Working off the clock!! That's funny…and you are right when you say it's more rewarding. I have always thought that a durable power of attorney is the best thing for everything. After working in a hospital, it really concerns me because there are people who change their minds when it comes right down to the wire but they have a Living Will on file. Everyone should have someone who can speak for them (I know that is not always possible). Sad.

beadmom 2009-09-03 19:26:03 -0500 Report

It is sad.
I'll tell you, my brother and I sure learned a lot that week after my Dad had his stroke. We both went home and did POAs for us and our spouses.

I am afraid were I in Vicrgreen's situation I would need legal counsel…to bail me out after those handgun charges…


Vicrgreen 2009-09-02 21:36:07 -0500 Report

Fairbanks Memorial Hospital (FMH) is the only hospital in Interior Alaska. Her doctor doesn't practice at a different one because there is no different one. If you don't want to go to FMH you have to go to Anchorage, where there is more variety.

I should say that I have a Power of Attorney (POA) for my mother and have had for more than 10 years. We just assumed that with that I would have some say in how she was treated. Wrong again.

Last winter I got a call about 4 AM from the Assisted Living Facility (Wild Iris Comfort Care) where Mom lives. They said the ambulance had just left to take Mom to the ER and that I should call over there. I did. The person I talked to took my phone number and said they would try to figure out what was happening and if they had any questions they would get back to me. It was more than 60 below that night and I didn't wanat to start out to go to Fairbanks if there was nothing I could do to further the situation so I agreed to wait. I didn't hear anything for a couple of hours so I called again. I got the ER doctor who told me that they had decided that she was going into Congestive Heart Failure, that the normal treatment for that was to insert a catheter in the groin and run it to the heart and drain the fluid that was causing the problem. Did I want them to do that? Yes, I did. Should I come in, were there papers to sign? No, I didn't need to come in the call was being recorded and it would serve for the time being.

About 2 hours later I got a call from Wild Iris. They had sent Mom home. They had not done the catheter, they had not put her on oxygen (she couldn't catch her breath and was panicing), they had not given her any antibiotics. Nothing. No treatment. By good fortune the lady who runs Wild Iris was able to get her doctor on the phone and he was able to call in a prescription for antibiotics as soon as a pharmacy was open and he ordered an oxygen concentrator for her, which she has been on ever since.

I called the hospital with smoke coming out of my ears. Why hadn't they treated my Mother? Because there was a DNR order on file.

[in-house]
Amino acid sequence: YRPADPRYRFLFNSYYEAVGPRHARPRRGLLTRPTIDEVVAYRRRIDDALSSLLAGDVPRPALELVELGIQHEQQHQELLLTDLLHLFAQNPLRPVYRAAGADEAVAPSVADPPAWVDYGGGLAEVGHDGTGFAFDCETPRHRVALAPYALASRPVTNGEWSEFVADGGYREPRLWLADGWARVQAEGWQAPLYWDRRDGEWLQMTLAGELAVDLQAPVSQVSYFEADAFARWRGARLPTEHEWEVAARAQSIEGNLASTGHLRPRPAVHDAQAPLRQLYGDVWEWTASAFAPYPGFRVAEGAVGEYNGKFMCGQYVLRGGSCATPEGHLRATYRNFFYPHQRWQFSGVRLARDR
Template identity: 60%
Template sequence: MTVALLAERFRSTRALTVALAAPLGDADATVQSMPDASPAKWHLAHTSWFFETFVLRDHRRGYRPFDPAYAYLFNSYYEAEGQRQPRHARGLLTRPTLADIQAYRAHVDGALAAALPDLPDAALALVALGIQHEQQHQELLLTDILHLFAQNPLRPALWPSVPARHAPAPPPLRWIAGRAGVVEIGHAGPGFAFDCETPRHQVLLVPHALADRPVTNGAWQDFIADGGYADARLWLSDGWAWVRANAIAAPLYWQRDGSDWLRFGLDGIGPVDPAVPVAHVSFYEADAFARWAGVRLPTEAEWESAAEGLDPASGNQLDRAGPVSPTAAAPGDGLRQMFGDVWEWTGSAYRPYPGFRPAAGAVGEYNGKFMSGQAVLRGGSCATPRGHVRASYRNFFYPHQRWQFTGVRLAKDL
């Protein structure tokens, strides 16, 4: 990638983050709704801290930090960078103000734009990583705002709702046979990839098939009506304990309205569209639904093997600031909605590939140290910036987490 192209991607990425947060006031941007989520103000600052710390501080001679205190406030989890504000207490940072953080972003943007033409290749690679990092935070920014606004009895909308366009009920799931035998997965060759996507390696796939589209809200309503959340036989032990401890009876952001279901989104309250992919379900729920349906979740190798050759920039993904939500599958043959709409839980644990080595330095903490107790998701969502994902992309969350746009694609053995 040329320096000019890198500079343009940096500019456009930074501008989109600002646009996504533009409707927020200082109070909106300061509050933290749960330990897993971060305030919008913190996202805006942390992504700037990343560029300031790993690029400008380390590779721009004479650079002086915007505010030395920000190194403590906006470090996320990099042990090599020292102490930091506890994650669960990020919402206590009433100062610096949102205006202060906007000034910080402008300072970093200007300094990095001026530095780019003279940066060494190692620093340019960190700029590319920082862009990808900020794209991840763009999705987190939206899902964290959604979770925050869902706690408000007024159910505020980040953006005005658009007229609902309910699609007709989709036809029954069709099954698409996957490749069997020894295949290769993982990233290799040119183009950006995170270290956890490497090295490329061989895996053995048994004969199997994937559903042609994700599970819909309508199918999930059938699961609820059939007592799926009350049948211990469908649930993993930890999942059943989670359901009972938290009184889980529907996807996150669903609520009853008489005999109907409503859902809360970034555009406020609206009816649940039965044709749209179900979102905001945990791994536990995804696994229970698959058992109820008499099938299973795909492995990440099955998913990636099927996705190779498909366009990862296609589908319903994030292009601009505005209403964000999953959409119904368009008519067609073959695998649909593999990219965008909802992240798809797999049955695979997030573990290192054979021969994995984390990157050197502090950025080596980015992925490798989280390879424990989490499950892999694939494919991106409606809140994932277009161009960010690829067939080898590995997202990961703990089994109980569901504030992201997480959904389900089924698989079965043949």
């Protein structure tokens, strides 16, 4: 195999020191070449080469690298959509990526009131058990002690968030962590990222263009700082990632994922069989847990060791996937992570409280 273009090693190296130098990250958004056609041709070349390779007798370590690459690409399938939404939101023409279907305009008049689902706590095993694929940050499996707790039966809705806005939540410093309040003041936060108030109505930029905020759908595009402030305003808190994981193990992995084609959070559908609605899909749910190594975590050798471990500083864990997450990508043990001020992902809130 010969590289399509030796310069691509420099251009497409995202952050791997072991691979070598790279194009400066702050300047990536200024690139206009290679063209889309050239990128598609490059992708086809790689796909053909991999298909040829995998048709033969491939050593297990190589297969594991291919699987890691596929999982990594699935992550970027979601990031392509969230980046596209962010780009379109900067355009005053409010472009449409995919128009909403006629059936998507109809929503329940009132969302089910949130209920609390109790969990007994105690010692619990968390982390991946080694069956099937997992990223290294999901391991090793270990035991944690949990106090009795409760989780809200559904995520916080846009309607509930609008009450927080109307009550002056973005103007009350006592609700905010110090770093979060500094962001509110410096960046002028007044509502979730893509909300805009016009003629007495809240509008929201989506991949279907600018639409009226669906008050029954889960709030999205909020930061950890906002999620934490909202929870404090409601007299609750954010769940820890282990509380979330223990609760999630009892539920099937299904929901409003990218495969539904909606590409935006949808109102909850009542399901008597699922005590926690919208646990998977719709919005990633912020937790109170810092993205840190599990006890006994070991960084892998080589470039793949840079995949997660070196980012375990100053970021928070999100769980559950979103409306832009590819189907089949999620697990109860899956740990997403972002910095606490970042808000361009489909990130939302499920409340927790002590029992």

Now, I'm not generally considered stupid and neither is Mom but we both thought that Do Not Resuscitate basically meant: If I die don't do anything to bring me back. We didn't realize it was going to mean don't treat my problem at all.

One of the things that makes things tricky is that Mom is not alway functioning on all cylinders. When she gets into one of these medical nightmares she sort of goes away and doesn't deal with it. I suspect that they would justifiably say she wasn't mentally competent to rescend the DNR order, but there was nothing we had authorized, as far as we knew, that said don't take care of me while I still have a fighting chance of surviving this situation.

Now it has happened again.

I think that tomorrow I am going to call her doctor and suggest that if that is how the DNR is going to be treated it should be pulled from the file. I guess they would let him rescend it, but am not sure. I also think I may call the hospital administrator and tell him what has now happened twice in his hospital and tell him if the files are not modified so that DNR means DNR not don't treat he can expect a lawsuit if their failure to provide treatment leads to her death. I don't know what else to do.

I foolishly thought that the POA would add a layer of protection but that apparently is not the case here. I guess when you have the only game in millions of square miles you can pretty much make your own rules and they do.

Bekki Diabetic
Bekki Diabetic 2009-09-03 08:47:07 -0500 Report

I am really sorry you and your mother are having to deal with all of this. If you read your POA and make sure you have been given all rights to speak for your mother, in all aspects, this should be all you need. If so, I would then show it to the hospital (if dated after the directive/DNR) and have those at the hospital removed. I am curious as to how they worded her directive/DNR. I am sure because they said she was going into Congestive Heart Failure they would be cleared but SHE didn't, did she? The only thing that was done was to send a very sick woman home, unable to breath/choking, making her evening extremely scarey until her physician was able to get her oxygen and meds. What has happened to compassion? Makes me wonder if our country is headed towards euthanasia.

beadmom 2009-09-03 11:25:01 -0500 Report

Yep…I would, if possible, get your Mom, while she is in a competent state, to rescind that DNR. Make a private one for you to keep and present if needed.
Otherwise they are going to kill her and suing after the fact is painful, expensive and too late.


Vicrgreen 2009-09-03 14:24:00 -0500 Report

I just talked to the folks at Wild Iris and they said she had a good night and seems stronger today. The owner is back in town and that will make a big difference.

The POA was done 10 years ago.

I haven't been able to get through to her Dr who is part of a big clinic in Fairbanks. I'm going to keep trying.

Thanks for all the encouragement. This is a very trying time. I feel that it is a harbinger of things we will be seeing much more of if the current Health Care Reform goes through as proposed. I read the bill and it scares me, it really does. I posted a link to it on the Insurance discussion board.